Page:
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Vehicles trouble city’s flood wall

Taking a joy ride on any portion of Ironton’s flood wall could cause severe long-term damage and spell danger for Ironton residents, city officials said.

Saturday, August 28, 1999

Taking a joy ride on any portion of Ironton’s flood wall could cause severe long-term damage and spell danger for Ironton residents, city officials said.

Four reports were made to the Ironton Police Department last week, each one involving motorized vehicles traveling on the grassy areas of the city’s flood wall.

And, if motorized vehicles are not kept off the earthen structure, the city could face potential disaster, Ironton Mayor Bob Cleary said.

"The flood wall is governed by the U.S. Army Corps of Engineers, and from there it goes into municipal and state laws, but it is the Corps of Engineers that sets the rules down, visits for inspections and makes sure the city is in compliance in all areas," Cleary said. "When those inspections are done, they do look for wear and tear on the structure itself, just as they inspect the gates to make sure they are in working order, as well as the pump stations. It’s a very carefully watched system."

Tire tracks from four-wheel all-terrain vehicles, and in some cases cars, according to IPD reports, can cause more damage than one might initially consider, Cleary said.

"The tires cause ruts, and rain deepens the ruts and makes them wider," he explained. "When the vehicles are repeatedly tearing up the flood wall, before long, the integrity of the entire system is jeopardized."

For teenagers taking their four-wheel ATVs out for a quick spin on the flood wall, the worst-case scenario is likely not one they consider. But, damage done by tire tracks is not something the city can overlook, Cleary said.

"There are not supposed to be any type of unauthorized vehicles, not even bicycles, on the flood wall; only maintenance vehicles that mow the grass should be on there," he said. "It’s more of a recreational trail for residents to walk along for exercise, but it is completely illegal for any vehicle to be on the flood wall at any time."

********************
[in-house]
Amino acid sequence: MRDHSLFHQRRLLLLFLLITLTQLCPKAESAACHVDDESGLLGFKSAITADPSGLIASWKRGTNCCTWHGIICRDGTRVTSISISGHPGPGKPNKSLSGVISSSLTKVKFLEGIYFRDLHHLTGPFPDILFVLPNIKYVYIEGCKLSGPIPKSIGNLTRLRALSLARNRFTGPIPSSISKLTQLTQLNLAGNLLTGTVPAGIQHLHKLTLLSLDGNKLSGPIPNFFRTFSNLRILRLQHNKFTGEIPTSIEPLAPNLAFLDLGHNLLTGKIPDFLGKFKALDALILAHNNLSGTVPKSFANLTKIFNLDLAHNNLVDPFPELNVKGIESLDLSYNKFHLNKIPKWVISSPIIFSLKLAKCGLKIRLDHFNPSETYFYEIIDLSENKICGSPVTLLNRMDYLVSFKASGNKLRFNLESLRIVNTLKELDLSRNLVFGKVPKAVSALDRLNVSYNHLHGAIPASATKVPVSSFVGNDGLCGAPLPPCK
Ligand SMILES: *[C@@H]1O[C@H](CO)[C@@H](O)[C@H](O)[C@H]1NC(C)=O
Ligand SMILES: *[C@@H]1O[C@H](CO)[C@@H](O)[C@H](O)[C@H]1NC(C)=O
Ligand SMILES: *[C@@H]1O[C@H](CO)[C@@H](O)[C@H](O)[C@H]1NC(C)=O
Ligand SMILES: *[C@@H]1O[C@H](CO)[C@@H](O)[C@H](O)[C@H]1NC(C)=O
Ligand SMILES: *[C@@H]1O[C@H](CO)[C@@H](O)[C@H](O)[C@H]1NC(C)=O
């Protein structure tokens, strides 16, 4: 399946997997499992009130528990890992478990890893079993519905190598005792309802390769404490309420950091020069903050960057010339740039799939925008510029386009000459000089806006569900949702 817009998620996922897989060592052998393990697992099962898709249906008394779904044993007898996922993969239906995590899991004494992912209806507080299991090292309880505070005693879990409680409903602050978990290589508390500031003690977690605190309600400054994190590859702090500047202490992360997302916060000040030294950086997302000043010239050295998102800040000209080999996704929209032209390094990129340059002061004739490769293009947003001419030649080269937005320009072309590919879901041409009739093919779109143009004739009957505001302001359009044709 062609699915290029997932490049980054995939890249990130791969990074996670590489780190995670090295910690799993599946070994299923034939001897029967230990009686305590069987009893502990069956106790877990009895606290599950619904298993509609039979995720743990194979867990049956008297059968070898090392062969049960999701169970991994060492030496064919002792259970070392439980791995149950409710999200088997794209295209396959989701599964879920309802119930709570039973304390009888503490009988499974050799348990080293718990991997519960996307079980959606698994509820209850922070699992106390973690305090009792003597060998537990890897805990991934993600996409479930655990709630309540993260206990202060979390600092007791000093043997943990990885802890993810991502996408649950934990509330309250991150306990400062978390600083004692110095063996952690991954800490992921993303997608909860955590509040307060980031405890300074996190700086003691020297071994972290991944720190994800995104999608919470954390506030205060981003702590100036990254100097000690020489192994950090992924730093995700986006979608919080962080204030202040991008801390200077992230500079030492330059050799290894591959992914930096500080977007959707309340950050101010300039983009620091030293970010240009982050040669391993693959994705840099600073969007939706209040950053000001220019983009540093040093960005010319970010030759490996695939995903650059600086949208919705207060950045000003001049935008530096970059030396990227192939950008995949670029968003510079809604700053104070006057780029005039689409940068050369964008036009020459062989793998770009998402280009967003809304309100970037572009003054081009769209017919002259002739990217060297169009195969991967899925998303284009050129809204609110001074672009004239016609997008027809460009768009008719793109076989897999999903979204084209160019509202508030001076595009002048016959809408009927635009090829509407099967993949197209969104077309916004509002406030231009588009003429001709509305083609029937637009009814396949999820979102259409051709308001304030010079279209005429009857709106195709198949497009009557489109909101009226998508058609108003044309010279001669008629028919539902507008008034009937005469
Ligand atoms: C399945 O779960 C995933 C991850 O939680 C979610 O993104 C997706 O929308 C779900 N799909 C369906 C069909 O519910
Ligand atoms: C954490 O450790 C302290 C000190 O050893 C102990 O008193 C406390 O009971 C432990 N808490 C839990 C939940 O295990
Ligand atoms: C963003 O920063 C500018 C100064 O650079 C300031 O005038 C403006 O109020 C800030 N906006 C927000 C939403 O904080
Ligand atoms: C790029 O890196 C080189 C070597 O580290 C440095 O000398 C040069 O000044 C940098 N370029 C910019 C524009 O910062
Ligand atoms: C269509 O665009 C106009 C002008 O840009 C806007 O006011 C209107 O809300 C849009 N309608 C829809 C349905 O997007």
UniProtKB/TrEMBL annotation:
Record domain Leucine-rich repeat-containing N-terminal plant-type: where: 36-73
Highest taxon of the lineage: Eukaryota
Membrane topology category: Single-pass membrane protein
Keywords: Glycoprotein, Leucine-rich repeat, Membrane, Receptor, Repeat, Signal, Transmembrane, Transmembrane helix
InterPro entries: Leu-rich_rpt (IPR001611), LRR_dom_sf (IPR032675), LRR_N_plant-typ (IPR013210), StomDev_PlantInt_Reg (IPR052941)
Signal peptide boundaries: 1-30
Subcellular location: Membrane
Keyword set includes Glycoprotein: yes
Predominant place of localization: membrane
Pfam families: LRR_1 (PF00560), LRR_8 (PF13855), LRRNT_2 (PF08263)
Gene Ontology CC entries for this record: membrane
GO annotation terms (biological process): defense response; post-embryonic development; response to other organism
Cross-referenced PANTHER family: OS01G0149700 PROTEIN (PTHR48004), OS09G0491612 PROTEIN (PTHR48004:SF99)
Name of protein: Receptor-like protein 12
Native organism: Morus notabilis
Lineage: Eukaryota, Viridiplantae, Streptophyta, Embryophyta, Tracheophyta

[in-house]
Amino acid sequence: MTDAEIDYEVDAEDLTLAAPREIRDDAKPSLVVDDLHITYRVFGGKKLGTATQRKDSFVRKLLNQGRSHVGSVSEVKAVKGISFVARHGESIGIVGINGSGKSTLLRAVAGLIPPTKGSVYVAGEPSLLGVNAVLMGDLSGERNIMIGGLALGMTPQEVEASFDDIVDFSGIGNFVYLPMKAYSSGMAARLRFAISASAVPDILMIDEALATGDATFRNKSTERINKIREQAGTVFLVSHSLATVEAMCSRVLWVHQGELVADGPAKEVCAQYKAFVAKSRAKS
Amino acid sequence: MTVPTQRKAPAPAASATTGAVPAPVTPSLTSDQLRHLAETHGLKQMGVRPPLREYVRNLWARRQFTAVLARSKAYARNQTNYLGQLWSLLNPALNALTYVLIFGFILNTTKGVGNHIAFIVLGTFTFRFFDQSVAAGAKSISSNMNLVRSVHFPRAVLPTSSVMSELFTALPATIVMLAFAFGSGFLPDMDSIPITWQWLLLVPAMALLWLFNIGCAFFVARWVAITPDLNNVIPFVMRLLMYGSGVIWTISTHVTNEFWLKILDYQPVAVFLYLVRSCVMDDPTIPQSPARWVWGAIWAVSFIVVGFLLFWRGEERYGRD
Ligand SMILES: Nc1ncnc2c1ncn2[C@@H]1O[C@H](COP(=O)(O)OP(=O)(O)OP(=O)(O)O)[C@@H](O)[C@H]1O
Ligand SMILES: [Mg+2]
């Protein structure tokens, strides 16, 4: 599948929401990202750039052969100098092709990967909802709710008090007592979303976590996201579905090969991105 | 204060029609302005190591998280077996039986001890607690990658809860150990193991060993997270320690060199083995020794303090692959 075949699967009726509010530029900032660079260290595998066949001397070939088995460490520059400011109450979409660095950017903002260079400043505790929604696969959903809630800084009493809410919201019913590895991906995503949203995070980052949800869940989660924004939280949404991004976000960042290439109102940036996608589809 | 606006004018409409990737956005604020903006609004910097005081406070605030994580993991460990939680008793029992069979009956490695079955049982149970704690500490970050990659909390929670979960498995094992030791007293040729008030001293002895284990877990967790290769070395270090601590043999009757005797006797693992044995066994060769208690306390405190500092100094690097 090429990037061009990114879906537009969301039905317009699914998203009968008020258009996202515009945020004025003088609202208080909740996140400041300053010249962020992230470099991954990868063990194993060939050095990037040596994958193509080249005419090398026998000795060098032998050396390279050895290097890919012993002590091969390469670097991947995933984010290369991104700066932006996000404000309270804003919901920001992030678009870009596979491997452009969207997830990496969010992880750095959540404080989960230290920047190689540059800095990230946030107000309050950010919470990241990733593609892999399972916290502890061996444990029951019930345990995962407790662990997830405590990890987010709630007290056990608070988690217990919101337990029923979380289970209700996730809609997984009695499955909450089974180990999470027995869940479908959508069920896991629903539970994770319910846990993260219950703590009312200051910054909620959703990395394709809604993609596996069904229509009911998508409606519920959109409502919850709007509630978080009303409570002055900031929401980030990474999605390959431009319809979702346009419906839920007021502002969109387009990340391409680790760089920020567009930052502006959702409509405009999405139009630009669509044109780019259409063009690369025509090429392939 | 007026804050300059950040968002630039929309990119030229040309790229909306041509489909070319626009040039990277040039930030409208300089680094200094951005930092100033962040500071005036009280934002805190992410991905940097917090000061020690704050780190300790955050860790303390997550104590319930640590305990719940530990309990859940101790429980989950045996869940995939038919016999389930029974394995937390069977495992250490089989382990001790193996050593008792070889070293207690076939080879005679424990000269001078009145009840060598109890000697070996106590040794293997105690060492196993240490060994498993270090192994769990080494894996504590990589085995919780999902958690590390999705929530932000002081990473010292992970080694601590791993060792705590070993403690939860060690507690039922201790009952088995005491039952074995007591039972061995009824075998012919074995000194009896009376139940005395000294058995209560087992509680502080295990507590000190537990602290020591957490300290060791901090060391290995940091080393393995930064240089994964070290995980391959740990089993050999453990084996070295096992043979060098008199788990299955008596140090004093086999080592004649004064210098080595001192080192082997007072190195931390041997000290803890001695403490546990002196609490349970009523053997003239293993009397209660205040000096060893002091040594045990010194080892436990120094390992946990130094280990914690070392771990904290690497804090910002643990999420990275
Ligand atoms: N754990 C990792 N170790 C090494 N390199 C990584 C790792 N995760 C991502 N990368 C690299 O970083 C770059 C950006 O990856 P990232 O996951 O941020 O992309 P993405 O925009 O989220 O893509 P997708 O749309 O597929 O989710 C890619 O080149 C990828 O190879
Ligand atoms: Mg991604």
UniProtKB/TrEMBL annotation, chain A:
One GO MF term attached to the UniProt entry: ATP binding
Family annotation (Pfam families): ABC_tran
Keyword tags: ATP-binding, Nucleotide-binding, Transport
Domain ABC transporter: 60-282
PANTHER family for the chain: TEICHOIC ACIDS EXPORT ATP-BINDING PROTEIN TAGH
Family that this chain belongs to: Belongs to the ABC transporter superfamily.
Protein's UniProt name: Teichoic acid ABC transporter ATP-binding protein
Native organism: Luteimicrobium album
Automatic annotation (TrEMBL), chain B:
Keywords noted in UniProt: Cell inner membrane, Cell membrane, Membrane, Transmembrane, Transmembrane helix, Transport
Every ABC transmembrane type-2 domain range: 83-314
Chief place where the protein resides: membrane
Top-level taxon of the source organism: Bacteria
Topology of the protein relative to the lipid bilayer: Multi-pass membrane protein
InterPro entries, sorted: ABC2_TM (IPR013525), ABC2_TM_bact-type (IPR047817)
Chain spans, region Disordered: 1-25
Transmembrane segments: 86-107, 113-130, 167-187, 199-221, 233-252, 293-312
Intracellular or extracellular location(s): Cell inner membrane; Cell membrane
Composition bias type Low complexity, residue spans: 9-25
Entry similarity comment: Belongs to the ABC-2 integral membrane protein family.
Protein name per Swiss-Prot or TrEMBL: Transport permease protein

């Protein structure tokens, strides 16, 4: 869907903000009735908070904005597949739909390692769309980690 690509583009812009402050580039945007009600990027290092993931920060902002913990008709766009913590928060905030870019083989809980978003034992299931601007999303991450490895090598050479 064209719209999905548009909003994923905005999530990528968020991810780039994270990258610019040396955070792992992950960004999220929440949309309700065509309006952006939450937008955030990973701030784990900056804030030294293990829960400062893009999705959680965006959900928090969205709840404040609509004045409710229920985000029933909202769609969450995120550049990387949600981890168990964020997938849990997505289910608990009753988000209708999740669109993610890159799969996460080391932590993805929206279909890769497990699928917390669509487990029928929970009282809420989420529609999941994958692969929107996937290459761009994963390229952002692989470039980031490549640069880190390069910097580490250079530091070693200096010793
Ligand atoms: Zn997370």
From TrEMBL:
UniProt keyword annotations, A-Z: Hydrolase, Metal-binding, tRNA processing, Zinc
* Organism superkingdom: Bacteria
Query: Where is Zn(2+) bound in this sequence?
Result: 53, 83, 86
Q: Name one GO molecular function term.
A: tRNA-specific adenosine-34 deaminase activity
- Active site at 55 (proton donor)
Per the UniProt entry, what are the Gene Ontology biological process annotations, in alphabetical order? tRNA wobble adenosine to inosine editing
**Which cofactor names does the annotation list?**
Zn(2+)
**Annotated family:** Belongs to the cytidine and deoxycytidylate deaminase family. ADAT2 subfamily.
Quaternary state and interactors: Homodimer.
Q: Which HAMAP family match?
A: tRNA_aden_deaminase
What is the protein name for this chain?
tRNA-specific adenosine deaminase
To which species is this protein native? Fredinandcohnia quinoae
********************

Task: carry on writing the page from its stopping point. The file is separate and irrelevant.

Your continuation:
When the ruts and similar damage build up, the system and the protection it provides are compromised, he added.

"All it takes on any system like this, whether it be a flood wall or an earthen damn, is one weak spot. That weakened spot actually weakens the entire structure," he said. "If that spot gives way during flood season, then you could be looking at devastating effects on the entire city."

Less frightening, but no less costly, are the day-to-day, general maintenance responsibilities that fall upon the city’s shoulders.

"The City of Ironton, by order of the U.S. Army Corps of Engineers, has to maintain the flood wall," he said. "So if there is any type of damage done to it at all, we are required to fix it, and it falls back onto the city engineer. It’s important that citizens understand that for safety reasons, they must keep vehicles off the flood wall and report to the Ironton Police Department any time they notice a vehicle on it."

To report vehicle or other harmful activity concerning Ironton’s flood wall, contact the IPD at 532-2338.